Or you could provide a luxury brand experience with a select-your-own sunglasses booth, manned with knowledgeable experts and powered by the gift of choice. It makes the gift experience unique and personal, winning major points with your guests.

H: Honor attendees


Flattery will get you far in event planning. If you want to fire up your attendees, honor them in the form of:

  • Awards

  • Contests

  • Social media shoutouts

I: Instagrammability


An event isn’t just about the event. It’s about creating digital buzz, too. To get more mentions on social media, make your event as Instagrammable as possible.


That means encouraging people to share photos, providing an event hashtag, or hosting a photo contest to boost your online mentions.


J: Juggling


Often, attendees will take home more than they brought to the event. If you give every guest a huge duffel bag, they must juggle their personal bag with additional promotional products. And who wants to do that for an entire day?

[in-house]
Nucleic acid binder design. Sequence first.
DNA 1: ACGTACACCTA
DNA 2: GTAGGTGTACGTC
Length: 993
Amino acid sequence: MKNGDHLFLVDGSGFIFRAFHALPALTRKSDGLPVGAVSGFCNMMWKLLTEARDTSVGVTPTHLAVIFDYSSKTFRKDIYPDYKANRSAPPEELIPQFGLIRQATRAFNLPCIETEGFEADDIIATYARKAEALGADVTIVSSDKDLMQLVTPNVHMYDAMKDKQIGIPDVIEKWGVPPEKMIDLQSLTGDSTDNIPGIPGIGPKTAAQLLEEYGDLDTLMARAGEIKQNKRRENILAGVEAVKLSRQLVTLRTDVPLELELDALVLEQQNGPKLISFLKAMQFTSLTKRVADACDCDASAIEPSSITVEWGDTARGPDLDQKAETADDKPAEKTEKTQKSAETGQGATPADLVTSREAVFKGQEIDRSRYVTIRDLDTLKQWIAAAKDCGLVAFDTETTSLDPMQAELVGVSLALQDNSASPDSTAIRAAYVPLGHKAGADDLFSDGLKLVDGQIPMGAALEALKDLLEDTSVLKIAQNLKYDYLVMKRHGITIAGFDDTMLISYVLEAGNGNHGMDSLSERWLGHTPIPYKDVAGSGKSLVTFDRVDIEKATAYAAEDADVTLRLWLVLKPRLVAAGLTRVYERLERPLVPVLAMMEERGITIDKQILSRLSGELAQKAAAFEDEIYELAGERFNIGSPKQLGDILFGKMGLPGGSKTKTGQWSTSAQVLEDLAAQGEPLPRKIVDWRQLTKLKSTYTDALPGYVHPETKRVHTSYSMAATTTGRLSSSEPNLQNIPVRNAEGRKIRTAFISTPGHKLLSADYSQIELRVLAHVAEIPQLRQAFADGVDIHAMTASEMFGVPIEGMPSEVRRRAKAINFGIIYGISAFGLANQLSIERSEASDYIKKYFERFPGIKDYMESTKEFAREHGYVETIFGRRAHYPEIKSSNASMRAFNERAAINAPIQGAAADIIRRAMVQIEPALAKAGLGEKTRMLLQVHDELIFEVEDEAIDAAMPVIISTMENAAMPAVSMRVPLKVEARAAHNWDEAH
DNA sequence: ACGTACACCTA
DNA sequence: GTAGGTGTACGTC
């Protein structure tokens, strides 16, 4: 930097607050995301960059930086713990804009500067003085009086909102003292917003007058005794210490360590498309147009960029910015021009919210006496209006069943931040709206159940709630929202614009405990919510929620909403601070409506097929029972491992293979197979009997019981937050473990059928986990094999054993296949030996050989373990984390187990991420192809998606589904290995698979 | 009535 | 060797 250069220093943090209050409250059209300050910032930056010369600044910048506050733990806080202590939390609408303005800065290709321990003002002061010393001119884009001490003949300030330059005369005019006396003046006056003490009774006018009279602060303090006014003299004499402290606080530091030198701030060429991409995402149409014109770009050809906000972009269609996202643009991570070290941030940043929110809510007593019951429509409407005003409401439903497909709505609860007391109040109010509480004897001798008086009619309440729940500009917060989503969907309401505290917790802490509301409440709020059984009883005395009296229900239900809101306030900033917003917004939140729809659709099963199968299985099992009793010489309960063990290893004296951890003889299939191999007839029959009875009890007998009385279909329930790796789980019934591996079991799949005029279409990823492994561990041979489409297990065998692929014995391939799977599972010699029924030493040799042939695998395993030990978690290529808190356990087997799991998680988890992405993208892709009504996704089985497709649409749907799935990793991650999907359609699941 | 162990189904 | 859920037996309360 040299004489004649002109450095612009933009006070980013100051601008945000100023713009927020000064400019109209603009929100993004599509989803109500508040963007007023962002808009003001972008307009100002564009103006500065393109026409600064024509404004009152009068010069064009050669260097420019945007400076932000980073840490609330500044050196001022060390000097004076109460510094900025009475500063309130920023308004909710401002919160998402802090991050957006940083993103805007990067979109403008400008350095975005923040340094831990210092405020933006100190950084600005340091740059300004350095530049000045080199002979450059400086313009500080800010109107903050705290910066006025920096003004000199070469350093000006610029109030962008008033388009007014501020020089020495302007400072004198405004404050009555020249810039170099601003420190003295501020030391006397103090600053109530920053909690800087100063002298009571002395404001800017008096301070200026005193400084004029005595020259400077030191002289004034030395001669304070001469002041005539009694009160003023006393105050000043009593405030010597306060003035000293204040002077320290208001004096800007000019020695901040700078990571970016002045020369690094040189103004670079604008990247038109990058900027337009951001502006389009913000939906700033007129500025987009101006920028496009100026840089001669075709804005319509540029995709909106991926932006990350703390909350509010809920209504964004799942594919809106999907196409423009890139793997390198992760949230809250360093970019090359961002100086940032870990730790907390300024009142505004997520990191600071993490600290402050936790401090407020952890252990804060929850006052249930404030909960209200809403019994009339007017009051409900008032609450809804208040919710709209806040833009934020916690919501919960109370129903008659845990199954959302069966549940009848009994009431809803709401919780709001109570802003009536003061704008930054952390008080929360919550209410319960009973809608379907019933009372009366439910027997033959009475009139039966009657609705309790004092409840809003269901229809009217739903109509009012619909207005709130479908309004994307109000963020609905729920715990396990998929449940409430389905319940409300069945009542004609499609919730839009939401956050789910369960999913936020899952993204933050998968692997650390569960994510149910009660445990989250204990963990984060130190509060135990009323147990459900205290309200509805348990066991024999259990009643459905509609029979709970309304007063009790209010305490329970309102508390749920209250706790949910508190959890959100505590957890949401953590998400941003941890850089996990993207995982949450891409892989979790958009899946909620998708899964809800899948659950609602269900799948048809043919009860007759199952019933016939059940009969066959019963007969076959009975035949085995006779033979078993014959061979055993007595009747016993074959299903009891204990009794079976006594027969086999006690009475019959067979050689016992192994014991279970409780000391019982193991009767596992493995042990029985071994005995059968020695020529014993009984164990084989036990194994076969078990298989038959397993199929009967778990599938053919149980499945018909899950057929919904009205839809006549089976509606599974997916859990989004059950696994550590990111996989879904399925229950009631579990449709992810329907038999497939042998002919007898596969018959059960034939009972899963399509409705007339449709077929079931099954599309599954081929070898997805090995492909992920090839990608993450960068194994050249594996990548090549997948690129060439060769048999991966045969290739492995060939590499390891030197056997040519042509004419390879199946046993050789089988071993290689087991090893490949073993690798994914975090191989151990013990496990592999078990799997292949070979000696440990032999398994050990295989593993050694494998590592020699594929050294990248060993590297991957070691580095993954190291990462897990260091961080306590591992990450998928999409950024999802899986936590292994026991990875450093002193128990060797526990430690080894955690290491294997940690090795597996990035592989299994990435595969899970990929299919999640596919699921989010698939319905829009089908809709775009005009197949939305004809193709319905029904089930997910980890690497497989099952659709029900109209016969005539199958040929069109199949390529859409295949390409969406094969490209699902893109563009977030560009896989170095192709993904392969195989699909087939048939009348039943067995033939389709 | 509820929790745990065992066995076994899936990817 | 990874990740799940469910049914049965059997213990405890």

For instance, Boundless started offering free shipping to attendees. We set up a booth where guests could opt to ship their promotional products back home instead of worrying about carrying them all day or trying to stuff them into their luggage.


K: Knowledge is the goal


The food, DJ, and vibe of your event matter, but the ultimate goal is to share information with attendees.


Make sure you share approachable, digestible information that teaches attendees something new. You don’t want to overload the event with promotional content from sponsors or your own company, so ensure that you don’t cross a line into Spamville. Bonus points if you can weave your event theme into your session titles!